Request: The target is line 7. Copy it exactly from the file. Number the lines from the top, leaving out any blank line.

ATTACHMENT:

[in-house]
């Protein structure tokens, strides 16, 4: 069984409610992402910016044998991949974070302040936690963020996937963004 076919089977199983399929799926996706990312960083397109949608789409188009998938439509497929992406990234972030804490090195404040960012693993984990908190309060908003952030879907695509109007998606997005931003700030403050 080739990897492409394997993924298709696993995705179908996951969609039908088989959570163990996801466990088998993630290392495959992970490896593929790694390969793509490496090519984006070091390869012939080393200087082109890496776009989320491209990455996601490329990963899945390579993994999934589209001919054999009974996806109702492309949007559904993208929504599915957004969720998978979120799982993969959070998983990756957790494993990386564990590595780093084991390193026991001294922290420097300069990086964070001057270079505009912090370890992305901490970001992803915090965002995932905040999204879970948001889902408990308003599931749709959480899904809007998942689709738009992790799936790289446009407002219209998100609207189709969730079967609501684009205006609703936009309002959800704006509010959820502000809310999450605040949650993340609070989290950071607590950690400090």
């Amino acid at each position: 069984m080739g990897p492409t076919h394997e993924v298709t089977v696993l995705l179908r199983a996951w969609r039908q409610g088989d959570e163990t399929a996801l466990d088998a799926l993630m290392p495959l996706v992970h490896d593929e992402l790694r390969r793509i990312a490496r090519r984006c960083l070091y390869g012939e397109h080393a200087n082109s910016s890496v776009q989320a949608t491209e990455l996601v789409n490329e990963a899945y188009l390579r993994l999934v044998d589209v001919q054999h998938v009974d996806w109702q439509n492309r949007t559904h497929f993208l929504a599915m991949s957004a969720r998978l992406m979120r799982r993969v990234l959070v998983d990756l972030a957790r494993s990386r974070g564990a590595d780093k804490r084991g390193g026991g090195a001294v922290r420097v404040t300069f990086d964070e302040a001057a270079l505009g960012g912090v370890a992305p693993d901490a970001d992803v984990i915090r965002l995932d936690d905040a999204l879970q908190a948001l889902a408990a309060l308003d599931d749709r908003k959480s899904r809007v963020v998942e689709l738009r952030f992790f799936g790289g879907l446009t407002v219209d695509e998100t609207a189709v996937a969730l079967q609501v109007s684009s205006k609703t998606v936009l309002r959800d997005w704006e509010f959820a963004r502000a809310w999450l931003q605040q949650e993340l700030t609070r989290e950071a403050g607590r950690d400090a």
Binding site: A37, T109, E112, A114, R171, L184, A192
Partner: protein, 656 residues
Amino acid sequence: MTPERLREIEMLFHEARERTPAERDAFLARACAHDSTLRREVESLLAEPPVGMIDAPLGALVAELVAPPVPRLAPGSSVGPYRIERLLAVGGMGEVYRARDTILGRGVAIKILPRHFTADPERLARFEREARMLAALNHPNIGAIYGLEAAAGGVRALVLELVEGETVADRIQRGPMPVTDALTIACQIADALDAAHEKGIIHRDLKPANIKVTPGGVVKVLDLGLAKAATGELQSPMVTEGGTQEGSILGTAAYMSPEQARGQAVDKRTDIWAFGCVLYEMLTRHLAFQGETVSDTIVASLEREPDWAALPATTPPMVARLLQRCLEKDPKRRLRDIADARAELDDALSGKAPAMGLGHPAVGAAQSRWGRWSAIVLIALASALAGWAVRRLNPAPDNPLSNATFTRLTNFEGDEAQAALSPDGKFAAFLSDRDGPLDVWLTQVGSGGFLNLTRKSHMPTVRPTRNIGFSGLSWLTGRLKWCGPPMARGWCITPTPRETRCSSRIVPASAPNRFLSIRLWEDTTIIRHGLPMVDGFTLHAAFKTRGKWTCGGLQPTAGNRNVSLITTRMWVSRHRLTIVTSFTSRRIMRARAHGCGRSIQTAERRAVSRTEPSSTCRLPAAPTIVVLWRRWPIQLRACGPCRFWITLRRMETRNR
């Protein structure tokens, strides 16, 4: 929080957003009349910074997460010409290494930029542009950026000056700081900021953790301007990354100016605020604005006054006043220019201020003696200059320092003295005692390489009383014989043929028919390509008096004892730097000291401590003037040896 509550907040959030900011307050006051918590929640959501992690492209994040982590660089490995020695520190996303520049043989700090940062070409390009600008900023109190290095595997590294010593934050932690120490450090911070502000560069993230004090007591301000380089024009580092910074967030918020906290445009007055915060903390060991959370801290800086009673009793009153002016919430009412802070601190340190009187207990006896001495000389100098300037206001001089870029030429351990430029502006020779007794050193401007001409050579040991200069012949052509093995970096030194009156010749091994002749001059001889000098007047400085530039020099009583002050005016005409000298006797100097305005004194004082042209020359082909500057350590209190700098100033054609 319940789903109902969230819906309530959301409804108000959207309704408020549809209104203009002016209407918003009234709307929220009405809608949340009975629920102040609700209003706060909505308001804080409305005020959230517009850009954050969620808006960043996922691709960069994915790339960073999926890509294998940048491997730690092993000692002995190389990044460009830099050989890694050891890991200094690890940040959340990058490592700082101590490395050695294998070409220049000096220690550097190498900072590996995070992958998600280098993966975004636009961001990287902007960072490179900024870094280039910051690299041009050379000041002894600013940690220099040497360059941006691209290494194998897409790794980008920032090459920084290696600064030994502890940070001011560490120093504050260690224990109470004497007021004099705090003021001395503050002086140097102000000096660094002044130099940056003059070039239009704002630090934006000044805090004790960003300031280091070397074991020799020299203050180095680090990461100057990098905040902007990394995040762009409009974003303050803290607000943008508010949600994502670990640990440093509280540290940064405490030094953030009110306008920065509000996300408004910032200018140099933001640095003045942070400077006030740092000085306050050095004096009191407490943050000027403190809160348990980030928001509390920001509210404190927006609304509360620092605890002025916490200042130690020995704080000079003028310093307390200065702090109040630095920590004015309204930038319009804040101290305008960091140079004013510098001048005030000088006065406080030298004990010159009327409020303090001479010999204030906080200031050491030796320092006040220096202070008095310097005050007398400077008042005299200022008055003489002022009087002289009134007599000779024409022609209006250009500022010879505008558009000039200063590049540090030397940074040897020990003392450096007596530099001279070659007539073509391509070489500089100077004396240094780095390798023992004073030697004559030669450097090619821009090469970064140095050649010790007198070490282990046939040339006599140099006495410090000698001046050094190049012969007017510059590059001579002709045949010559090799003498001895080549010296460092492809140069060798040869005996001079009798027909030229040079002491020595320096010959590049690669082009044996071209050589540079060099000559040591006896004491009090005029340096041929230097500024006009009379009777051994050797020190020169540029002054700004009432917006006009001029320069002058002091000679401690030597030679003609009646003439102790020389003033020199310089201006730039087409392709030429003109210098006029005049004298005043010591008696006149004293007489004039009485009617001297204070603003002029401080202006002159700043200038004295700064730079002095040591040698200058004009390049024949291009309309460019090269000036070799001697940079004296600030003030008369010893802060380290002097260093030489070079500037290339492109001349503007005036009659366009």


């Protein structure tokens, strides 16, 4: 929080957003009349910074997460010409290494930029542009950026000056700081900021953790301007990354100016605020604005006054006043220019201020003696200059320092003295005692390489009383014989043929028919390509008096004892730097000291401590003037040896 509550907040959030900011307050006051918590929640959501992690492209994040982590660089490995020695520190996303520049043989700090940062070409390009600008900023109190290095595997590294010593934050932690120490450090911070502000560069993230004090007591301000380089024009580092910074967030918020906290445009007055915060903390060991959370801290800086009673009793009153002016919430009412802070601190340190009187207990006896001495000389100098300037206001001089870029030429351990430029502006020779007794050193401007001409050579040991200069012949052509093995970096030194009156010749091994002749001059001889000098007047400085530039020099009583002050005016005409000298006797100097305005004194004082042209020359082909500057350590209190700098100033054609 319940789903109902969230819906309530959301409804108000959207309704408020549809209104203009002016209407918003009234709307929220009405809608949340009975629920102040609700209003706060909505308001804080409305005020959230517009850009954050969620808006960043996922691709960069994915790339960073999926890509294998940048491997730690092993000692002995190389990044460009830099050989890694050891890991200094690890940040959340990058490592700082101590490395050695294998070409220049000096220690550097190498900072590996995070992958998600280098993966975004636009961001990287902007960072490179900024870094280039910051690299041009050379000041002894600013940690220099040497360059941006691209290494194998897409790794980008920032090459920084290696600064030994502890940070001011560490120093504050260690224990109470004497007021004099705090003021001395503050002086140097102000000096660094002044130099940056003059070039239009704002630090934006000044805090004790960003300031280091070397074991020799020299203050180095680090990461100057990098905040902007990394995040762009409009974003303050803290607000943008508010949600994502670990640990440093509280540290940064405490030094953030009110306008920065509000996300408004910032200018140099933001640095003045942070400077006030740092000085306050050095004096009191407490943050000027403190809160348990980030928001509390920001509210404190927006609304509360620092605890002025916490200042130690020995704080000079003028310093307390200065702090109040630095920590004015309204930038319009804040101290305008960091140079004013510098001048005030000088006065406080030298004990010159009327409020303090001479010999204030906080200031050491030796320092006040220096202070008095310097005050007398400077008042005299200022008055003489002022009087002289009134007599000779024409022609209006250009500022010879505008558009000039200063590049540090030397940074040897020990003392450096007596530099001279070659007539073509391509070489500089100077004396240094780095390798023992004073030697004559030669450097090619821009090469970064140095050649010790007198070490282990046939040339006599140099006495410090000698001046050094190049012969007017510059590059001579002709045949010559090799003498001895080549010296460092492809140069060798040869005996001079009798027909030229040079002491020595320096010959590049690669082009044996071209050589540079060099000559040591006896004491009090005029340096041929230097500024006009009379009777051994050797020190020169540029002054700004009432917006006009001029320069002058002091000679401690030597030679003609009646003439102790020389003033020199310089201006730039087409392709030429003109210098006029005049004298005043010591008696006149004293007489004039009485009617001297204070603003002029401080202006002159700043200038004295700064730079002095040591040698200058004009390049024949291009309309460019090269000036070799001697940079004296600030003030008369010893802060380290002097260093030489070079500037290339492109001349503007005036009659366009």